Last updated on July 4th, 2021
For the person to get infection with HIV, they must have to acquire the virus from external sources, the only external source is another human being who is infected with HIV. That human being can be his/her sexual partner or partner who shares injecting drug needles. People can also get an infection with HIV during birth via the birth canal, during breastfeeding, or via blood transfusion/organ transplant.
But all people who are exposed to HIV virus do not get infected. Some people are Lucky!
Coreceptor is a protein on the surface of a cell that serves as a second binding site for a virus or other molecule. In order to enter a host cell, HIV must bind to two sites on the cell: the primary CD4 receptor and either the CCR5 or CXCR4 coreceptor.
Wondering how luck can protect from HIV Infection? or thinking these people might have used some preventive measures such as the use of condoms or screening of blood/organ, not sharing needles, etc! I am not talking about those preventive measures, but about their genetic makeup which makes them resistant to HIV infection.
In general, each virus follows the same sequential steps during the infection process. Which is; attachment, penetration and uncoating, replication and biosynthesis, assembly and release. So the very first and crucial step is the attachment of the virus to their (specific) host cells. One of the good news for humans is viruses are very specific regarding their attachment to host cells.
Whenever we try to climb trees or very steep slopes (mountains), we need something to assist us to adhere there. That may be a rope or branch of a tree or rough surface. If these things are not available, can you imagine successfully climbing mountains or hills or trees? It is impossible! Similarly, for the virus to attach to the host cell, they need “something (like rope or branch of a tree)” which helps them to make a firm grip. That “something” is a receptor.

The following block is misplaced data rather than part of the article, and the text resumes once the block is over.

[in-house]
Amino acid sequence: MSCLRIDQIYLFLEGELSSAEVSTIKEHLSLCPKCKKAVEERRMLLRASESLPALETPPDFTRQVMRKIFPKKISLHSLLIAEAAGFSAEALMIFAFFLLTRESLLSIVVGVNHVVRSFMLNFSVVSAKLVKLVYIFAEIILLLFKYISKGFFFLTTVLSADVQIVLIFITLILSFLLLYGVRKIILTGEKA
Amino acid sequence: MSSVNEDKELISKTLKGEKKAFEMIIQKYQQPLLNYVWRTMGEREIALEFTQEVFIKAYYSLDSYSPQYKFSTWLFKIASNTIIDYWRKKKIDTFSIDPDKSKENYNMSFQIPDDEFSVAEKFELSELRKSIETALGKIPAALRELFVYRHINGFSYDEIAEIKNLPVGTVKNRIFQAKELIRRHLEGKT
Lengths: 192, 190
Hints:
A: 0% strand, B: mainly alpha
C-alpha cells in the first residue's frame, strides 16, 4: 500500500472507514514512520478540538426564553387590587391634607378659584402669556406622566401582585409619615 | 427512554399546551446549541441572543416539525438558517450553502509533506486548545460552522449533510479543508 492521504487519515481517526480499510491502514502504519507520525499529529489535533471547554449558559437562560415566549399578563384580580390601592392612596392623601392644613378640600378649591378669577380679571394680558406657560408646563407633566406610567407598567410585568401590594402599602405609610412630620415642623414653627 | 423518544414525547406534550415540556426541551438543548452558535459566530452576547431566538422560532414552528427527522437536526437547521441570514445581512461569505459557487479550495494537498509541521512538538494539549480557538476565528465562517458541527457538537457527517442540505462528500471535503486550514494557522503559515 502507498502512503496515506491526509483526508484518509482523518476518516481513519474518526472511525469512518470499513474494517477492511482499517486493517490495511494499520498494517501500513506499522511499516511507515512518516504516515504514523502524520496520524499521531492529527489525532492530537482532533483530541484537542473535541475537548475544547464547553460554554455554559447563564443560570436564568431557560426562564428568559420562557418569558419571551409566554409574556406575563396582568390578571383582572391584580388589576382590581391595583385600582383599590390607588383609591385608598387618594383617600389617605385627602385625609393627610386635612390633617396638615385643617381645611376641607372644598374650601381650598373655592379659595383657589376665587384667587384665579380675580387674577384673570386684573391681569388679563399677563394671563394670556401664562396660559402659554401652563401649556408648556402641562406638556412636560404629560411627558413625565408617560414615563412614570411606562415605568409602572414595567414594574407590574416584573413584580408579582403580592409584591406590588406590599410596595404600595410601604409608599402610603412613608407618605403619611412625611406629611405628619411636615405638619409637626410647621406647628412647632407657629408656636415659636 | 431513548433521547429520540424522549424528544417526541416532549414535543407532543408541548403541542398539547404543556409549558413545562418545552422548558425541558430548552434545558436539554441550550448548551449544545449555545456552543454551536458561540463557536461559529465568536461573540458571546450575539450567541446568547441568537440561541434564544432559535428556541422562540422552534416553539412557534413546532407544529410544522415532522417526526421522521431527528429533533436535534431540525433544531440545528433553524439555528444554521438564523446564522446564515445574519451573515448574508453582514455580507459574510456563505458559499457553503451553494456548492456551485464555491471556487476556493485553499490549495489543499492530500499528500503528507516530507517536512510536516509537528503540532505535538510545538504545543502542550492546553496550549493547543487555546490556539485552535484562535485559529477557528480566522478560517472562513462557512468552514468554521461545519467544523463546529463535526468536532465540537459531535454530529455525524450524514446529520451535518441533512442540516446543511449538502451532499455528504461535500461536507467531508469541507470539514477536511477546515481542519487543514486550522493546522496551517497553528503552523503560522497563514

To enter a CD4 cell, HIV must first attach to a CD4 receptor, then attach to either the CCR5 or CXCR4 coreceptor, and finally fuse its membrane with the CD4 cell membrane. HIV can attach only to those CD4 cells which have specific chemokine receptor CXCR4 and/or CCR5. HIV is usually R5-tropic (uses CCR5) during the early stages of infection, but the virus may later switch to using either only CXCR4 (X4-tropic) or both CCR5 and CXCR4 (dual-tropic). If a particular CD4 cell lacks CCR5 or CXCR4 coreceptor, then the HIV can not attach to these CD4 cells so the whole process of HIV infection/replication is halted before it can start.
A new class of antiretroviral drug used in the treatment of human immunodeficiency virus (HIV), called CCR5 inhibitors are designed to prevent HIV infection of CD4 T-cells by blocking the CCR5 receptor.
Studies have found that mutations in the gene encoding CCR5 endow individuals with protection from HIV infection. People who are homozygotes are completely resistant to HIV infection whereas among heterozygotes HIV infection progresses very slowly.
Some of these lucky HIV-resistant people live in Western Europe (Who knows, many people in your country might also be resistant to HIV!). Approximately, 1% of people of western European ancestry have homozygous mutations in their gene and about 10-15% are heterozygotes.